This evening we shall be meeting some lambs. However in order to have lambs, you must have rams or tups as they are often known… Here are Jane Cooper’s characterful Boreray boys in a post by Jane which gives meaning and context to the terms ‘tup’ and ‘tupping’.
Introducing, from left to right, Bollocks, Bede and Boris. Three Boreray rams that are all 2 ½ years old and fully mature for mating.
Autumn is the time when male sheep, rams, are ready to mate. Tupping is the term, so often rams are also called ‘tups‘. It’s the same as the rut that you see in wild ruminant animals. Pregnancy in sheep is about 4 ½ months long so ewes mated during WOVEMBER will be lambing in late March and April.
Here in Orkney there is a trend for spring to be ever later with wild, wet weather through April. Since my Borerays prefer to lamb outside, I tup at the end of the year so lambs are born in May.
When together rams will physically challenge one another for hierarchy and breeding privileges. The size and height of rams and the size of their horns, if they are a horned breed, play a part here. Hormones have been rising for a few weeks now in my Boreray rams, resulting in some fascinating behaviour as they work out their ranking. I need to adjust my behaviour as well when I’m in the field with them, and everyone should remember that any ram can be unpredictable, especially at this time of year. Never turn your back on a ram!
As the horns on my primitive breed Boreray suggest, head butting is one way of establishing dominance. The sound of two rams clashing heads and horns can be heard several fields away. I’ve seen it a number of times, but not yet managed to get a good photograph. One day I’ll get lucky. However more common than head butting is a lot of pushing, shoving, and other dominance behaviours. When rams mate with ewes their behaviour includes nudging, kicking, or pawing with the front legs, low stretching, and pushing. These same behaviours, plus the head-to-head butting with horns clashing, occur between rams that are together at this time of year. I managed to get some lovely photos of Boris, Bede and Bollocks engaging in this type of behaviour.
First – always know where your competitors are. So these three rams, which were all born in 2013 and are fairly similar in size, spend a lot of time in close contact.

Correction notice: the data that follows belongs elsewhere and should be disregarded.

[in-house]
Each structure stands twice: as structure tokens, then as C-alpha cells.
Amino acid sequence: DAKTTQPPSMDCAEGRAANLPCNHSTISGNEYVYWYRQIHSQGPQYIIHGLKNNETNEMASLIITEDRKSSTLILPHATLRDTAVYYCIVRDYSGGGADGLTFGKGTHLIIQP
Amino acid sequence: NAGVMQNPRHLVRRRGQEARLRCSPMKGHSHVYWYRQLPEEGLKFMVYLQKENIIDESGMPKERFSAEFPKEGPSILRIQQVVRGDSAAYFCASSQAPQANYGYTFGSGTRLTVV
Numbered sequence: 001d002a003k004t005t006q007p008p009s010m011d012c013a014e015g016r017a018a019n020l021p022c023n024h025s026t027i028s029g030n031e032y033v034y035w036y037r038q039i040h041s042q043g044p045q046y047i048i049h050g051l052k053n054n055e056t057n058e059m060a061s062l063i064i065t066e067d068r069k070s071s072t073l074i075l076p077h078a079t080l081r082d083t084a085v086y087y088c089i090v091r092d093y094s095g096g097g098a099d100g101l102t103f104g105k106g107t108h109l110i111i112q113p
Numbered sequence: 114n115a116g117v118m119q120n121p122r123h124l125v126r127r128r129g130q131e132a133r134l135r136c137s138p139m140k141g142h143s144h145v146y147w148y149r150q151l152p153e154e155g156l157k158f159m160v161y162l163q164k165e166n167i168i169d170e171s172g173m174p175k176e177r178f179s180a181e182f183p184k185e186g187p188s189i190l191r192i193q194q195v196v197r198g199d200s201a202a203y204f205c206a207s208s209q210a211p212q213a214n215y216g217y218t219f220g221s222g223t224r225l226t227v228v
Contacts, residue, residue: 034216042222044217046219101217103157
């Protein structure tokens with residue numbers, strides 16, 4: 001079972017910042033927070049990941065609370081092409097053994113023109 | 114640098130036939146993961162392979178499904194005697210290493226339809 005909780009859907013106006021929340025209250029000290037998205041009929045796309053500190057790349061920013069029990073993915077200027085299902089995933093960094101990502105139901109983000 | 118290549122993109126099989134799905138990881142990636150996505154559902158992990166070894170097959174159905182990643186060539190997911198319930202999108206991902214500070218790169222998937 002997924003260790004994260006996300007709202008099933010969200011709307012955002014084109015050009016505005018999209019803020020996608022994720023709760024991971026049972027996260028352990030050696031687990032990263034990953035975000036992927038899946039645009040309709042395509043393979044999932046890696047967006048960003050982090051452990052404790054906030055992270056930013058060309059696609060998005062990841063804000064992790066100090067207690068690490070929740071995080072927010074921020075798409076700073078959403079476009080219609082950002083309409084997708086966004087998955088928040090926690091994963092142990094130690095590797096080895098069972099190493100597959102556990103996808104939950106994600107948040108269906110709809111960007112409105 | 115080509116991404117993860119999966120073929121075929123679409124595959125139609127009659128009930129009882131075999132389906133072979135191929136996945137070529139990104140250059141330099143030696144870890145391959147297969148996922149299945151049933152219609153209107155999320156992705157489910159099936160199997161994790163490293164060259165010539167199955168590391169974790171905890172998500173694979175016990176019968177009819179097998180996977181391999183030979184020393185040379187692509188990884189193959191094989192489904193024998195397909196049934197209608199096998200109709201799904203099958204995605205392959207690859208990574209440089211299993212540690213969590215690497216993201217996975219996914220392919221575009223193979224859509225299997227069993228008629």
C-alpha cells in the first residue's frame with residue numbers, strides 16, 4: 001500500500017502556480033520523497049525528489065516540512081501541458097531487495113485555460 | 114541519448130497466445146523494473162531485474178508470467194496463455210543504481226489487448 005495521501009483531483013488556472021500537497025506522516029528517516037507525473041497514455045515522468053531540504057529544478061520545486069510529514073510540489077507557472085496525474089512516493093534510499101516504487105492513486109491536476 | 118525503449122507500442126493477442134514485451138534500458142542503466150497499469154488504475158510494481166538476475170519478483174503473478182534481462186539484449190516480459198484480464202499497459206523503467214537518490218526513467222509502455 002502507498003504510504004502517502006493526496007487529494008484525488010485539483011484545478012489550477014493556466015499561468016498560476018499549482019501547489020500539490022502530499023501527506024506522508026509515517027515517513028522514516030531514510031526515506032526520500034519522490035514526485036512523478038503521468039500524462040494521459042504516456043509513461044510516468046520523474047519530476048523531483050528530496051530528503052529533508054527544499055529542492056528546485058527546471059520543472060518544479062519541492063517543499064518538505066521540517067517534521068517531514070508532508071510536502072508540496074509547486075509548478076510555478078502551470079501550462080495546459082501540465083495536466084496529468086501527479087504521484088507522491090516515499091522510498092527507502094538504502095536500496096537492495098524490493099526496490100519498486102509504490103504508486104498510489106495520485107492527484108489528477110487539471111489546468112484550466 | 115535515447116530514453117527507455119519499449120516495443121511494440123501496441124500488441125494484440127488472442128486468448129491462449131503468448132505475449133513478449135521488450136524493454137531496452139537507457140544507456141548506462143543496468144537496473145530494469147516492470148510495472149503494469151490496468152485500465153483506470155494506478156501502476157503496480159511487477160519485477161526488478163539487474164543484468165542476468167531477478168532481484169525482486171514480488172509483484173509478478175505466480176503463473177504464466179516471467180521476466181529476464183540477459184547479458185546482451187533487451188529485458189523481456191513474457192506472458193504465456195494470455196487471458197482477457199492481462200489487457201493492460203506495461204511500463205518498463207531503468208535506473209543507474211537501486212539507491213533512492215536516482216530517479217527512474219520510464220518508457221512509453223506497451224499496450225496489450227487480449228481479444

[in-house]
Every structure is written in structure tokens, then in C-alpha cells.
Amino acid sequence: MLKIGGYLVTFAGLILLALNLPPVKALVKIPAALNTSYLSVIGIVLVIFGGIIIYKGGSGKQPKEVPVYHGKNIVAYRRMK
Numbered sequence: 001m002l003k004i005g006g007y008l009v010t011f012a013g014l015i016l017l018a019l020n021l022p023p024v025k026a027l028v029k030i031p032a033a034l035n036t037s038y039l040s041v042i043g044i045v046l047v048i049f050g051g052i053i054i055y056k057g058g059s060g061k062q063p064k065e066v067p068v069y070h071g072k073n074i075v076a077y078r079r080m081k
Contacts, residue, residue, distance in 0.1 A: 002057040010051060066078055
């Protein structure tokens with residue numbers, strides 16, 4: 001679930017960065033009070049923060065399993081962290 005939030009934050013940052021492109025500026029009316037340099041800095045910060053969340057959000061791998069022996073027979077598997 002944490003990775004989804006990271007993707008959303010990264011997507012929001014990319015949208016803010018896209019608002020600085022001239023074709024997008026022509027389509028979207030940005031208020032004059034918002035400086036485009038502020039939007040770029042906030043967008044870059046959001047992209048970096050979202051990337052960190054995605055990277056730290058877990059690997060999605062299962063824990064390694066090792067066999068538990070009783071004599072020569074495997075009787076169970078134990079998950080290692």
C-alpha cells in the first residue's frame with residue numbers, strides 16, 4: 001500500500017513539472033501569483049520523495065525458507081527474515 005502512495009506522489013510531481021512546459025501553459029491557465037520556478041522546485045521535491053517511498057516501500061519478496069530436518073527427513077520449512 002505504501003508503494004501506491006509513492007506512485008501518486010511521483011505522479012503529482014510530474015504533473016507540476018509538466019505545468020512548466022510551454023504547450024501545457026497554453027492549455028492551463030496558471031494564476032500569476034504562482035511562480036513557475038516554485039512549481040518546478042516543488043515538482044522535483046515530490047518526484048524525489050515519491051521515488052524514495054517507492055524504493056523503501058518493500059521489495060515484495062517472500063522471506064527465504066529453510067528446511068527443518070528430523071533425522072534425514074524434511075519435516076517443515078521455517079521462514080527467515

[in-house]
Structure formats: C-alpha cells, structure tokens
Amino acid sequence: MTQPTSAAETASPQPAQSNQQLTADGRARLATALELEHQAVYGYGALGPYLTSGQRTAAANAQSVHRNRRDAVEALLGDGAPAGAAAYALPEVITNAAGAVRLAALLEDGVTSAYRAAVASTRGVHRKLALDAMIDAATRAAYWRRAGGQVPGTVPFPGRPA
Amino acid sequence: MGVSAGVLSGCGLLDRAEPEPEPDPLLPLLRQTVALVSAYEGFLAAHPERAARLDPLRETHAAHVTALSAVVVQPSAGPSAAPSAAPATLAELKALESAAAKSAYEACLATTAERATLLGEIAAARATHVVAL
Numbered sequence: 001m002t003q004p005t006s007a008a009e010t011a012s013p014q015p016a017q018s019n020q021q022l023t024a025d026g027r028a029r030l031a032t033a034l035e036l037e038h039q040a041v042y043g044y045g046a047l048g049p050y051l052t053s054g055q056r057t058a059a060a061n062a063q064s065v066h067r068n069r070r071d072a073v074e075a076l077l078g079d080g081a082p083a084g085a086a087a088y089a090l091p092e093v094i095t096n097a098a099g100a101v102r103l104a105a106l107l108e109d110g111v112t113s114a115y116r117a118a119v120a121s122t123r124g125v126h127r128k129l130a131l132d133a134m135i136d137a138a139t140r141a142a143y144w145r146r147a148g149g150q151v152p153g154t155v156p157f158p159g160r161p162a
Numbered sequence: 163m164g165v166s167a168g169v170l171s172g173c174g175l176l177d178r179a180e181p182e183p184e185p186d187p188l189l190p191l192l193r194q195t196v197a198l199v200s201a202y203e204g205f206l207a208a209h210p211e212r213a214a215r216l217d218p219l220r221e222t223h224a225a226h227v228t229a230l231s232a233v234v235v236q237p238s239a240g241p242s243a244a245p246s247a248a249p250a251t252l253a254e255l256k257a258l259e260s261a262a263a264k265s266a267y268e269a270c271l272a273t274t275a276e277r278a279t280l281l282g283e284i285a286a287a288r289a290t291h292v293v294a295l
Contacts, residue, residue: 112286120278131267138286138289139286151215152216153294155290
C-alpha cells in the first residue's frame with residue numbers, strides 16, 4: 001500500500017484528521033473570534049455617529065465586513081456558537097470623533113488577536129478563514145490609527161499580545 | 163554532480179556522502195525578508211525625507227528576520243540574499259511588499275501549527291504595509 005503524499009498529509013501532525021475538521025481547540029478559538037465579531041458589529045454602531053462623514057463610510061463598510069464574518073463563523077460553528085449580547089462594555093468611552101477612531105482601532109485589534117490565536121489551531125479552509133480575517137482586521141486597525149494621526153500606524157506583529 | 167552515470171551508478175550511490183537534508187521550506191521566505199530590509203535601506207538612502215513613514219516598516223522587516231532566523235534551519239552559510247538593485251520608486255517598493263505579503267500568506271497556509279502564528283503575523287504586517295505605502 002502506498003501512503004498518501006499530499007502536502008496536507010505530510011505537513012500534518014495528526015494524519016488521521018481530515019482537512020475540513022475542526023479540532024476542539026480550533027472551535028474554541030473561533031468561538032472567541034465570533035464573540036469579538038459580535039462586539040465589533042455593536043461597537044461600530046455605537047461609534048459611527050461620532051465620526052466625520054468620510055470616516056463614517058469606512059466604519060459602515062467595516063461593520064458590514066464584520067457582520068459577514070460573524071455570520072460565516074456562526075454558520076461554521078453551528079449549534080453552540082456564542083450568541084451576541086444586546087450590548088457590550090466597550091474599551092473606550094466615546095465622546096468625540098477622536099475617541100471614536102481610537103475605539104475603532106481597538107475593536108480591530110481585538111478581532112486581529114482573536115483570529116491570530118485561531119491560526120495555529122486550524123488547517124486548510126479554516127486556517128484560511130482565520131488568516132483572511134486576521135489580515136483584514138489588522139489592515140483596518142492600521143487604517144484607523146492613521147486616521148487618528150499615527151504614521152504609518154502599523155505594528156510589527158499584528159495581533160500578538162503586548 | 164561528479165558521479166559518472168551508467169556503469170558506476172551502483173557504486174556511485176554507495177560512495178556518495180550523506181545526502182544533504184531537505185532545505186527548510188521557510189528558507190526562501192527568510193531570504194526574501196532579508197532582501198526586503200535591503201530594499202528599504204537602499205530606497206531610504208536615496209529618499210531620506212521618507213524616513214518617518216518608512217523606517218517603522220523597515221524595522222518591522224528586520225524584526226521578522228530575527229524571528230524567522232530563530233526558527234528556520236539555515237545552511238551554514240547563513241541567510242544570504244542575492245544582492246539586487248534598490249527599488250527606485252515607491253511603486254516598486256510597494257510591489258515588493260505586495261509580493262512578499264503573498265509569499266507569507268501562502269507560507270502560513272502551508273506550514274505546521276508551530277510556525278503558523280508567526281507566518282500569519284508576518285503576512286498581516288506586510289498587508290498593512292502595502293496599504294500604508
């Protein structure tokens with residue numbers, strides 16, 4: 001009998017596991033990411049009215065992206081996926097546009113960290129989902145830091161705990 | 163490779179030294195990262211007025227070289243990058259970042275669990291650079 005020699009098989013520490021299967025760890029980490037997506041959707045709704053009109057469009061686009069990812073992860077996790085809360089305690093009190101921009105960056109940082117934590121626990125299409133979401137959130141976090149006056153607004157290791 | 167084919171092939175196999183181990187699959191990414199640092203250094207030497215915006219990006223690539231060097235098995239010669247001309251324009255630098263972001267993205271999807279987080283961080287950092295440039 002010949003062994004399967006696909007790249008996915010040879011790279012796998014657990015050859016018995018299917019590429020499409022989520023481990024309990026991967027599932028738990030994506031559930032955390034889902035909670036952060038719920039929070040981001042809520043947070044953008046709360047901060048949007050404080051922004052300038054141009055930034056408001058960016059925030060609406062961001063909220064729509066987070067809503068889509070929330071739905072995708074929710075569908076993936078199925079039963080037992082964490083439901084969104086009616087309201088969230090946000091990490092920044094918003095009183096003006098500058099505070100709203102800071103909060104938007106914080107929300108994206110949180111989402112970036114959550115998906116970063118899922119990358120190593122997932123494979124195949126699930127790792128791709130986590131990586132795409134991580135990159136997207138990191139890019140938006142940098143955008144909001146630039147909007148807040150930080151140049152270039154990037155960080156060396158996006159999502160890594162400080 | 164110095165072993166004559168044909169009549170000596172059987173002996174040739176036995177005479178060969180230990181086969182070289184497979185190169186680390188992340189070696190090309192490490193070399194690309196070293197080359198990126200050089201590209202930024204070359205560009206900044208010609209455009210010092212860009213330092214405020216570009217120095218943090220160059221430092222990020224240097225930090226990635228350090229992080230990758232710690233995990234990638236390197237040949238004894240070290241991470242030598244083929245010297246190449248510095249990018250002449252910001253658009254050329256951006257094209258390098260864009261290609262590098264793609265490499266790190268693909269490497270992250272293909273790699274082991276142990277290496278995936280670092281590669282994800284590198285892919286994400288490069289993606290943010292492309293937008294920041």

Of course, three hormonal rams touching leads to the inevitable jostling – lots of it!
The next level is side-on shoving and wrestling. There is a lot of one ram pushing his horn and shoulder into the side of another ram. They seem determined to get their head above the back of a rival ram, and will circle each other for some time ‘locked’ in this position.
What this photo also shows is that Boris, the ram alone on the right, has for now accepted the third ranked position. This is leaving Bollocks and Bede to fight over the top and second ranks.
When one ram wins (for now!) he may demonstrate his dominance by mounting the losing ram, as you can see Bollocks doing here to Bede after a prolonged period of jostling and turning.
On another occasion Bollocks put both Boris and Bede firmly in their places. What I find interesting is that the losing rams accept this and stand still for the victor to do his triumphant mounting.
At other times the winner of a confrontation will just use body language to show his dominance. Here Bede is the winner and is standing in an upright assertive manner. Bollocks, as the loser. has turned his head away and his stance is much more submissive.
I have another two rams, both a year younger than the big boys. They are firmly subordinate to the older trio, their size being significantly smaller as you can see here. Borerays take three years to fully mature and reach their full size, although their horns continue to grow after this. It was tricky to get a photo of all five together, but here is Cuthbert on the right at the front and Charlie just on the left. You can clearly see Cuthbert showing obvious submission to the older trio. The two younger rams normally won’t be accosted by the older ones as long as they remain submissive.
To dilute the tensions and hormones I’ve introduced my wethers (castrated male sheep, known as wedders in Orkney) to the ram flock. It means every ram always has a sheep they can feel comfortably dominant over. It does however lead to some amusing behaviour from the younger rams. They obviously operate on the principle that anything not reeking of testosterone must be a ewe……. So the poor wedders had a few days of being chased around by excited Charlie and Cuthbert.
Here is Cuthbert pursuing Bilbo, a 2 ½ year old wether. At his point he’d been chasing him round the field for several minutes. Note the head position – held low and with the nose pointed forwards and slightly up.
It’s also common for the upper lip to be curled back and for the tongue to lick the lip to keep it moist. This all helps the ram to better smell any scents the sheep in front is giving off. Both the head and low body position and the lip licking and curling are seen when rams are around ewes.
Here is Charlie trying to get close enough to Corin, a wedder the same age, so he can have a really good sniff at him.
This year I’ll be using Bollocks and Boris on my ewes, in two separate groups, but the boys will have to wait until the end of December to get to work. Hopefully we’ll have some lovely Boreray lambs born in May next year and an increase in numbers of the UK’s rarest breed of sheep.
Thank you Jane for this wonderful introduction to your Boreray tups! All images and words © Jane Cooper and used here with kind permission.